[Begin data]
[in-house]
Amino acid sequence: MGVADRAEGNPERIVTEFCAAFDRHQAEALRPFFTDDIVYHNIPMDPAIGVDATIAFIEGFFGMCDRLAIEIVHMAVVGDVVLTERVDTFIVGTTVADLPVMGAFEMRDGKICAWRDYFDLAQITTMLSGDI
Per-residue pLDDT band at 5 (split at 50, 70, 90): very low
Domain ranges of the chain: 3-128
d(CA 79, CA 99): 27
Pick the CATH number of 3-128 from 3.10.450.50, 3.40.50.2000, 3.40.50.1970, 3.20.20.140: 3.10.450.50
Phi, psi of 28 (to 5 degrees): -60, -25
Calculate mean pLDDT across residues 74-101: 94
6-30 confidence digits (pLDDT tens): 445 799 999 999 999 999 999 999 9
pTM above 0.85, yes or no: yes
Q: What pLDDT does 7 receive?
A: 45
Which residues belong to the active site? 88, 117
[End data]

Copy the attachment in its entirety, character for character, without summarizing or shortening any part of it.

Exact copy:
[in-house]
Amino acid sequence: MGVADRAEGNPERIVTEFCAAFDRHQAEALRPFFTDDIVYHNIPMDPAIGVDATIAFIEGFFGMCDRLAIEIVHMAVVGDVVLTERVDTFIVGTTVADLPVMGAFEMRDGKICAWRDYFDLAQITTMLSGDI
Per-residue pLDDT band at 5 (split at 50, 70, 90): very low
Domain ranges of the chain: 3-128
d(CA 79, CA 99): 27
Pick the CATH number of 3-128 from 3.10.450.50, 3.40.50.2000, 3.40.50.1970, 3.20.20.140: 3.10.450.50
Phi, psi of 28 (to 5 degrees): -60, -25
Calculate mean pLDDT across residues 74-101: 94
6-30 confidence digits (pLDDT tens): 445 799 999 999 999 999 999 999 9
pTM above 0.85, yes or no: yes
Q: What pLDDT does 7 receive?
A: 45
Which residues belong to the active site? 88, 117